I had already established my core values from the time I joined my employer, which were statements that defined who I was and the value and fulfilment I wanted to get out and bring in, to my work.


If you haven't already, take time to identify what is important to you in your next role, and consider if the promotion on offer lines up with your criteria. You get to decide how you want to spend the next half of your career.


The pay is not commensurate with your experience and skills


If the promotion comes in the form of extra responsibilities only, but the pay, title, or support offered does not increase in line with it, that is a big red flag as it shows that you are being taken advantage of, and you need to seriously consider moving to another employer.


You don't feel you would be supported adequately in the new promotion


I once worked with a director who was working 19-20 of the 24 hours a day (how crazy is that!) and was totally burned out. He was managing a nationwide programme and the company dumped him with a second programme of similar magnitude, without allocating him a large enough budget or larger team to support with the extra workload. He was involved in the daily operations and administrative tasks, as well as operating as a director, and it was becoming too much for him to handle.


I noticed it was seriously taking a toll on his mental health.


Before accepting a promotion, always ask your employer what budget is in place for your department, what team members will be in place (or if you will be hiring new staff), and ensure all support is provided to you.


You prefer the current pace of your job so you can develop your skills more


Sometimes we need to take a step back so we can accelerate forward.


If your focus is on developing yourself professionally and expanding your skill set, it could work to your advantage to remain where you are so you can use the extra time and resources available to you, to grow. It could be the case that the team, your working pattern, or your current boss provides you with more flexibility or learning opportunities that will help you in the long run.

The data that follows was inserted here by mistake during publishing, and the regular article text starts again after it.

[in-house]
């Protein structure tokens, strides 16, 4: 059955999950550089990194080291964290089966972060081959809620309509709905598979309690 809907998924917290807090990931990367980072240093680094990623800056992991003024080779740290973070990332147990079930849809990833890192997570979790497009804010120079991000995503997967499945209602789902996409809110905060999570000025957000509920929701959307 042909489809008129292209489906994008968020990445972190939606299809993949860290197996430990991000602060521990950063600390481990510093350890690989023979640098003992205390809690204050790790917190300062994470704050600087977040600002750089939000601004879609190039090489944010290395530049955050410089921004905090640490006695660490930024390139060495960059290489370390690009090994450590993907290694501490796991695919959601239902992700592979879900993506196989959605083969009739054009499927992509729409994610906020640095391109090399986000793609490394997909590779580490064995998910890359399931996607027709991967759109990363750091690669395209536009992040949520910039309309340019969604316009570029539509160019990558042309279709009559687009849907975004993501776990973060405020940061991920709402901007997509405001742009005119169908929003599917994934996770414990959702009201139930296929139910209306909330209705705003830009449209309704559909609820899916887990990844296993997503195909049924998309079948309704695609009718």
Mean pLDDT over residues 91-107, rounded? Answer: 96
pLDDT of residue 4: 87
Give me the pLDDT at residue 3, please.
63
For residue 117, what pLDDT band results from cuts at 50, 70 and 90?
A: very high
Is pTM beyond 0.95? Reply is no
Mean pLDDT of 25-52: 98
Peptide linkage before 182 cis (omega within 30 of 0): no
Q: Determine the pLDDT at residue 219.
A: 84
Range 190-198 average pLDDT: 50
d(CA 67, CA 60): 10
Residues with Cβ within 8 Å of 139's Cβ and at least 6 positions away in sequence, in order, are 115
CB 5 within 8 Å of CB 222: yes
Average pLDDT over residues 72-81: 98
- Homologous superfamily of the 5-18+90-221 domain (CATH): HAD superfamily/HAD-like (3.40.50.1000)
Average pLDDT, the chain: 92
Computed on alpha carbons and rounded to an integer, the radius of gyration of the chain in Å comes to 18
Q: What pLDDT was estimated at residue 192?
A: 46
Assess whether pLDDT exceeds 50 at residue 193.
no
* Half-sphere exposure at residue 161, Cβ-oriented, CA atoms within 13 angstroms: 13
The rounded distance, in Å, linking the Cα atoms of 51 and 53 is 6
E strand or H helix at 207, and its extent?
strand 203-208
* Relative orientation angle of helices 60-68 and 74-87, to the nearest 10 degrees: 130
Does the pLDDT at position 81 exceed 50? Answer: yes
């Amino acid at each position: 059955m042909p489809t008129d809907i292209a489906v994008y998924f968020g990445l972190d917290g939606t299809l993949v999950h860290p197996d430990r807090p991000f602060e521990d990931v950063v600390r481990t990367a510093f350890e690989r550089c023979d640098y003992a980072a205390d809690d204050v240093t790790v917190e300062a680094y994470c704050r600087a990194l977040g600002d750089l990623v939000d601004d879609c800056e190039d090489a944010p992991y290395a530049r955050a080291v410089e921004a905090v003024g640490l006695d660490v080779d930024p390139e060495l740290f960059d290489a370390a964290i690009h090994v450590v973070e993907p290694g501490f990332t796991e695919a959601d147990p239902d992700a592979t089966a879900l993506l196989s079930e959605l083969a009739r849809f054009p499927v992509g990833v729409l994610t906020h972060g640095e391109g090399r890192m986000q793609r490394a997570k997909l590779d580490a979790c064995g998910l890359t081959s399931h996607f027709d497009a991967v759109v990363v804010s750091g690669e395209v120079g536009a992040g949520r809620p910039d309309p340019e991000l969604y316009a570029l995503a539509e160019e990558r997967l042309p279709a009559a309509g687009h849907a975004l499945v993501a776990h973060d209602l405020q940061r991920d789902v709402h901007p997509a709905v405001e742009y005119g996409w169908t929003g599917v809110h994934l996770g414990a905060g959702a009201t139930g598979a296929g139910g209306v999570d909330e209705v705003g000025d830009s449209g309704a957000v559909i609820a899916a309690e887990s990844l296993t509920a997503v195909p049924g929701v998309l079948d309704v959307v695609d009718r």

The culture is not conducive to your mental wellbeing


If you feel restricted in your career while working for your employer, or notice that the work culture is toxic to your wellbeing and you literally dread each work day, no amount of coaxing or promoting should persuade you to stay.


Your mental wellbeing and the environment you work in is paramount to your success and truly thriving in your career.


Overall, if you don't have a plan for your career or a set of core values that you adhere to, you will accept any potential opportunity or promotion that gets thrown your way, which will hurt you in the long run.


Do you really want to live your employer's dream instead of your own?


It's time to grab the reins and take power back.


If you’ve enjoyed reading this, you’d also love my weekly newsletter I release every Wednesday for new and aspiring managers.


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Whenever you’re ready, here's how I can help you:


Career Transition Coaching. If you are feeling stuck in your current job and ready for a change but unsure where to start, join me for transformative coaching sessions, where I'll guide you through my 10-step career pivot framework. Discover your core skills, strengths, and values, explore exciting career options, make a smooth transition, and design a strategic career plan for the next 5 years. Take the first step toward a brighter future - book Book a no-obligation FREE consultation today.